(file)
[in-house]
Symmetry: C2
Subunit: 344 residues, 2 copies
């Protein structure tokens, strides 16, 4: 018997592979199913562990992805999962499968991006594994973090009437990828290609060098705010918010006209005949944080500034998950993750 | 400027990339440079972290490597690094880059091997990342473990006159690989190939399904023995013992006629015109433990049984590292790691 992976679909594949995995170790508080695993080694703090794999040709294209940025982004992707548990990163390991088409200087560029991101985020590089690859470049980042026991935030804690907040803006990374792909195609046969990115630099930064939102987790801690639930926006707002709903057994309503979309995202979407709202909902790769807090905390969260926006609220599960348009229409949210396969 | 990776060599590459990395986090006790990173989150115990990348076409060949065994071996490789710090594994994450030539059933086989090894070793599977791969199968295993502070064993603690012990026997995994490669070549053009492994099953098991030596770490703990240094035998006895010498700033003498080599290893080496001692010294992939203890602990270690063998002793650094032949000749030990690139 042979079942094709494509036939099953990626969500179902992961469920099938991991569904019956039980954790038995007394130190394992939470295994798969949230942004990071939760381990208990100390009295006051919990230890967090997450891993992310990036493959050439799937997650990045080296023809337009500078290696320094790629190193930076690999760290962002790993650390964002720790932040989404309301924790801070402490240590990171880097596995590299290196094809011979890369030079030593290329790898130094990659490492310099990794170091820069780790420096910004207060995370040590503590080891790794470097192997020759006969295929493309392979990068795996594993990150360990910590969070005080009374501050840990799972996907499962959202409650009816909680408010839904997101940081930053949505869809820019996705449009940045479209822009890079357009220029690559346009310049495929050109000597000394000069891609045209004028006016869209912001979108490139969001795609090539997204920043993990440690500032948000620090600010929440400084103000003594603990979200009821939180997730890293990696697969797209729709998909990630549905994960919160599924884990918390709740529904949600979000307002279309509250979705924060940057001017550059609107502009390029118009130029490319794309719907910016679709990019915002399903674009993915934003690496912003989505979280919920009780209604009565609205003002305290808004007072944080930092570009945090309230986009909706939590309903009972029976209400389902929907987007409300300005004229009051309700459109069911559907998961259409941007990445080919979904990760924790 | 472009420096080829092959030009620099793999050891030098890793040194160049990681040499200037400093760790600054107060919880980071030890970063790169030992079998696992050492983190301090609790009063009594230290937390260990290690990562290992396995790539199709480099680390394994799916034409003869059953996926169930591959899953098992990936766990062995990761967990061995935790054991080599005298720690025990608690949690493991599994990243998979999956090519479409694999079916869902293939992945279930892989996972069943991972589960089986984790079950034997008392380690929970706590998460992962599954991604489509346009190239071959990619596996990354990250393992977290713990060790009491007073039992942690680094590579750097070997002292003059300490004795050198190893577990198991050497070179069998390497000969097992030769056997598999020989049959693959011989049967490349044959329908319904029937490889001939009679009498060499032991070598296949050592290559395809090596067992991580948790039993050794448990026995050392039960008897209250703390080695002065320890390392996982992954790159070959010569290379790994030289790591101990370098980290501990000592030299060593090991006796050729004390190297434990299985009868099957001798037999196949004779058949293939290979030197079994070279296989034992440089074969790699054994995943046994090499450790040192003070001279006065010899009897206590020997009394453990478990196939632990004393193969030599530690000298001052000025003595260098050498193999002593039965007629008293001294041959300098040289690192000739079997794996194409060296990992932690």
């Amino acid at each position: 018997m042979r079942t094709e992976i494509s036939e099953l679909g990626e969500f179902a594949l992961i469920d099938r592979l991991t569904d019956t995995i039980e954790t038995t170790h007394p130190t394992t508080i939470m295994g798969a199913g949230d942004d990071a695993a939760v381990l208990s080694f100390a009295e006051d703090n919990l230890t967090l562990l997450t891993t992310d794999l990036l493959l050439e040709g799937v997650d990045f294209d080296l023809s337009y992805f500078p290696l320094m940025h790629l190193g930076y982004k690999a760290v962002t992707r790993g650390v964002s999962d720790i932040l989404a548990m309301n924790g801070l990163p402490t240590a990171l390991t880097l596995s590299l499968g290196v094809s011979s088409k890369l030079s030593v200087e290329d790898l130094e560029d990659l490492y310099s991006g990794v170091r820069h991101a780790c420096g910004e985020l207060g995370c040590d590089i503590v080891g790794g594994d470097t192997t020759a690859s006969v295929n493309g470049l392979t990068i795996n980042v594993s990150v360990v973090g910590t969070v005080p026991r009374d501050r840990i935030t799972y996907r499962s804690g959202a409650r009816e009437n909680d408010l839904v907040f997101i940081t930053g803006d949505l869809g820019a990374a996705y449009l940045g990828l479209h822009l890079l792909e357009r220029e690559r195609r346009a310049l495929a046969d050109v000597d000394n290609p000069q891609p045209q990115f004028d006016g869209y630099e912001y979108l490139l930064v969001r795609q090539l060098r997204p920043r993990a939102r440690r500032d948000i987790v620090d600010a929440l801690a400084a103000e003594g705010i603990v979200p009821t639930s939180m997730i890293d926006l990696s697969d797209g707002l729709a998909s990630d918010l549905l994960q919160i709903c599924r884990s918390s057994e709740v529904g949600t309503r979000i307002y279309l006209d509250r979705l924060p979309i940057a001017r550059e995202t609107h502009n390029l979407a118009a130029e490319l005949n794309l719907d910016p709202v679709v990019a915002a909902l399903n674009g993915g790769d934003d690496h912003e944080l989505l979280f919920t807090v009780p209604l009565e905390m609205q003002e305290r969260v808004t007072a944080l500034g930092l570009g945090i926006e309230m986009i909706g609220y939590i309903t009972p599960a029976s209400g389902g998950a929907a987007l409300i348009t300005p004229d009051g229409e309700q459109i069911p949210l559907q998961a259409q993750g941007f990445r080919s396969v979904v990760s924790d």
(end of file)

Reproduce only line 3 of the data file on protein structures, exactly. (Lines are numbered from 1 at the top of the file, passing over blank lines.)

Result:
Subunit: 344 residues, 2 copies